Button-wood

Definitions

  • Sycamore. Button-wood. Buttonball-tree
    Sycamore. Button-wood. Buttonball-tree
  • Chambers's Twentieth Century Dictionary
    • Button-wood a small West Indian evergreen tree of the myrobalan family: the plane-tree of the United States—also Butt′on-ball and incorrectly Sycamore
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Etymology

Chambers's Twentieth Century Dictionary
Fr. bouton, any small projection, from bouter, to push.

Usage

In literature:

Then he threw more wood on the fire and laid himself down before it, next to Button-Bright.
"The Scarecrow of Oz" by L. Frank Baum
Let me unloose this button of wood, And quiet a little his turbulent mood.
"The Golden Legend" by Henry Wadsworth Longfellow
No button may be made of cloth or wood.
"Our Legal Heritage, 5th Ed." by S. A. Reilly
Wool dust often contains old buttons, pieces of wood, shoe pegs, and all sorts of things.
"Scientific American Supplement, No. 315, January 14, 1882" by Various
It is surrounded by a broad piazza, and graced and shaded by ancestral elms and huge button-wood trees.
"Choice Readings for the Home Circle" by Anonymous
He went to one of the five cherry-wood desks which were strewn about the room, and still again touched a button.
"Phantom Wires" by Arthur Stringer
Only the knobs were of silver, instead of the usual buttons of bone, or wood.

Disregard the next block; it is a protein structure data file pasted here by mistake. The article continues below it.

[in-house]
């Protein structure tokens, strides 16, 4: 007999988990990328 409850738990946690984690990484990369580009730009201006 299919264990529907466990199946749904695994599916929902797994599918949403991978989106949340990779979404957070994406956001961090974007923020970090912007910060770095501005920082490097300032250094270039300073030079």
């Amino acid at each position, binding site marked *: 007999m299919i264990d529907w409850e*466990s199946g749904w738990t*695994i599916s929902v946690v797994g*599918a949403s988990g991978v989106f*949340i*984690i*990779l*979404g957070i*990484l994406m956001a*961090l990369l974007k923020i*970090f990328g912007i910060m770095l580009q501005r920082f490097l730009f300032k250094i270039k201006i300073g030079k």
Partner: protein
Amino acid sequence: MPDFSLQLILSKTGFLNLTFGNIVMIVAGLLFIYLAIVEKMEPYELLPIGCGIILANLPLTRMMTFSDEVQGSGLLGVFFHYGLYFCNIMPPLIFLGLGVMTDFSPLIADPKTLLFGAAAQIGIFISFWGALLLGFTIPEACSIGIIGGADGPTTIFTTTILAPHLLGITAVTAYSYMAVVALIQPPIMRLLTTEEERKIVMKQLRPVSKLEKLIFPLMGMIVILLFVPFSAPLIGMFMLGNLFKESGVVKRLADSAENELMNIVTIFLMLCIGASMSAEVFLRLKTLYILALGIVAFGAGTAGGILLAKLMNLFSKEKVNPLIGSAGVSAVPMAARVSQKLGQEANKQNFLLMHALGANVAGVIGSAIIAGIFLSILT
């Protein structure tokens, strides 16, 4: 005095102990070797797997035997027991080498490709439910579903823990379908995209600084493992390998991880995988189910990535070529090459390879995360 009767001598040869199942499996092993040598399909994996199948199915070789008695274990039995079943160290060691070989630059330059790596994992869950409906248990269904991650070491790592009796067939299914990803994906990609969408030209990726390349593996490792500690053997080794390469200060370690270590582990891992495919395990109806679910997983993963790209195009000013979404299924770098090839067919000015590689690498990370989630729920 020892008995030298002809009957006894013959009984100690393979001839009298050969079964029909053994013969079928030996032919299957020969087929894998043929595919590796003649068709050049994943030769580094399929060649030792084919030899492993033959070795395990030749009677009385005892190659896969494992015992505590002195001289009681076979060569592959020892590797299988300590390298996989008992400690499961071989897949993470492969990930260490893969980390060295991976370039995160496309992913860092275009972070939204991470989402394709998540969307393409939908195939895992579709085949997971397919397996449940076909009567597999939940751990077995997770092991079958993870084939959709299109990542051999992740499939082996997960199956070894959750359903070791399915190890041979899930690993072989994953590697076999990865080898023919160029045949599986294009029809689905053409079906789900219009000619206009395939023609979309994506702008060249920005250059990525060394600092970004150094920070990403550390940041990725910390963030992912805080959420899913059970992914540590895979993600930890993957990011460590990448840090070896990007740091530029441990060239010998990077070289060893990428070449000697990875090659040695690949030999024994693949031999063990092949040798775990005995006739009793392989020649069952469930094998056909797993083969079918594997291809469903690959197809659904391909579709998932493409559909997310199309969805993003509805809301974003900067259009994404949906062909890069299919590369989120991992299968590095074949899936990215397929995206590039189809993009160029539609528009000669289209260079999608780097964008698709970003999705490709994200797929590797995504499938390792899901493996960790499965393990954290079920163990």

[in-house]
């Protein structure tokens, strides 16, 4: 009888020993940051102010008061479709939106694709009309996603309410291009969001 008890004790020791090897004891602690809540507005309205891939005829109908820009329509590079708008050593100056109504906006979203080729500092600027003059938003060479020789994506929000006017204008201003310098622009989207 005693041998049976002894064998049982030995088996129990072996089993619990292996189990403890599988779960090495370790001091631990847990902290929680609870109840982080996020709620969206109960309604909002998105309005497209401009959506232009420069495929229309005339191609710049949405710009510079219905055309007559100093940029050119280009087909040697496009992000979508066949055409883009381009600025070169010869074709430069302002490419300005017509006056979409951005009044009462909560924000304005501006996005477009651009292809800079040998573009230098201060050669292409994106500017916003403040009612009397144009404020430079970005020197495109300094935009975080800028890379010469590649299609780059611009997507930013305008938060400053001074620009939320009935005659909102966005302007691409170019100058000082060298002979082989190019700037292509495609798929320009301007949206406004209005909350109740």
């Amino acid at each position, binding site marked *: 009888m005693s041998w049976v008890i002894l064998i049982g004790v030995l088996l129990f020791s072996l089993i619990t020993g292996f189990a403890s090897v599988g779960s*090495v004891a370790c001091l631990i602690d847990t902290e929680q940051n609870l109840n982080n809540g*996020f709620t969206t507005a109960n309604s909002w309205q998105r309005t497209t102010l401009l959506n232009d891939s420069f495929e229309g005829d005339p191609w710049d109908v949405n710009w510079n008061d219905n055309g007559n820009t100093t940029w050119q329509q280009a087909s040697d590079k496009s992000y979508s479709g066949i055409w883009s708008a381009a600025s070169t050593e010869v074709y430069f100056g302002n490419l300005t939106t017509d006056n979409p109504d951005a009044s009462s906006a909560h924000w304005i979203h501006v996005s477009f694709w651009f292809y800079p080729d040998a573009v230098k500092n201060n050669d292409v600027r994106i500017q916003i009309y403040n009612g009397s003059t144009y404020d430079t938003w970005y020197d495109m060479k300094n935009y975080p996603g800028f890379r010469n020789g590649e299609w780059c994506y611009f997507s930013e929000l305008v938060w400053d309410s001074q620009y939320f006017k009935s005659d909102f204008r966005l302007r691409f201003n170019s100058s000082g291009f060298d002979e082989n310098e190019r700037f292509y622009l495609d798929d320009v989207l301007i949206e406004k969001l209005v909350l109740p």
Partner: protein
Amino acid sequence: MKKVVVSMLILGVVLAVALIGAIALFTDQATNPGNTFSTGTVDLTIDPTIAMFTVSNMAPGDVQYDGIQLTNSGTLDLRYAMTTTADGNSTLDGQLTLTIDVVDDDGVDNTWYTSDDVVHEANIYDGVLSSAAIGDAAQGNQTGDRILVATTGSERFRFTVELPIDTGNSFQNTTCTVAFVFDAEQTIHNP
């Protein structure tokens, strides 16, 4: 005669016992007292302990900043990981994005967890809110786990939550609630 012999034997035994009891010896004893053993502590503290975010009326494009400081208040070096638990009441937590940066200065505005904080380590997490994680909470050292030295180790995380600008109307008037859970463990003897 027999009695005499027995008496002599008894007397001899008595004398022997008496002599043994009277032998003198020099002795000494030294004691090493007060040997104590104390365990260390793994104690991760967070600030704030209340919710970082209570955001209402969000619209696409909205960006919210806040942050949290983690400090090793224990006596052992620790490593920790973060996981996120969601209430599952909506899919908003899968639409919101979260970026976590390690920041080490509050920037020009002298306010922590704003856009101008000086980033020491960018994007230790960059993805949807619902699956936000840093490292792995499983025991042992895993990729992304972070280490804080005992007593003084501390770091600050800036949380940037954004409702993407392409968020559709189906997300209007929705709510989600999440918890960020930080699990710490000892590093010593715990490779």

"Civilization" by Ellen Newbold La Motte
I tuk the back track, an' soon come up with him under a big button-wood.
"The Rifle Rangers" by Captain Mayne Reid
Door-latches were made of wood, also oblong buttons to fasten chamber and cupboard doors.
"Home Life in Colonial Days" by Alice Morse Earle
When they reached home Audrey Billberry turned the wood button on the door and flung back her head.
"Blue Ridge Country" by Jean Thomas
In another moment he was crouching under the trunk of the button-wood.
"Wood Rangers" by Mayne Reid
The button and the bar of wood remained in its place, but the door was gone.
"Stuyvesant" by Jacob Abbott
Four eggs on a platform of sticks and grass, in a button-wood bush over six feet of water.
"The Bird Book" by Chester A. Reed
At the edge of the wood she found a white button, which she recognised as belonging to Florian's jacket and secreted in her bosom.
"Black Forest Village Stories" by Berthold Auerbach
The Spring Longing bade Fluff-Button leave the Copse and spend the day in the main wood, and Cuni went with him.
"Lives of the Fur Folk" by M. D. Haviland
There are fantastic head-dresses studded with buttons and shells and beads, and scented with the odor of wood-fires.
"Atlantic Classics, Second Series" by Henry C. Merwin
They were covered with their round fruit, from which the Americans have given the tree the name of button-wood.
"Travels in the Interior of North America, Part I, (Being Chapters I-XV of the London Edition, 1843)" by Alexander Philipp Maximilian, Prince of Wied
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In poetry:

Now 'tis the time when, tall,
The long blue torches of the bellflower gleam
Among the trees; and, by the wooded stream.
In many a fragrant ball.
Blooms of the button-bush fall.
"July" by Madison Julius Cawein
A gull holds his pose on a shanty ridgepole,
Riding the tide of the wind, steady
As wood and formal, in a jacket of ashes,
The whole flat harbor anchored in
The round of his yellow eye-button.
"A Winter Ship" by Sylvia Plath

In news:

Wood toggles and buttons complete it.
A button allows a solid-wood top to expand and contract through the seasons.
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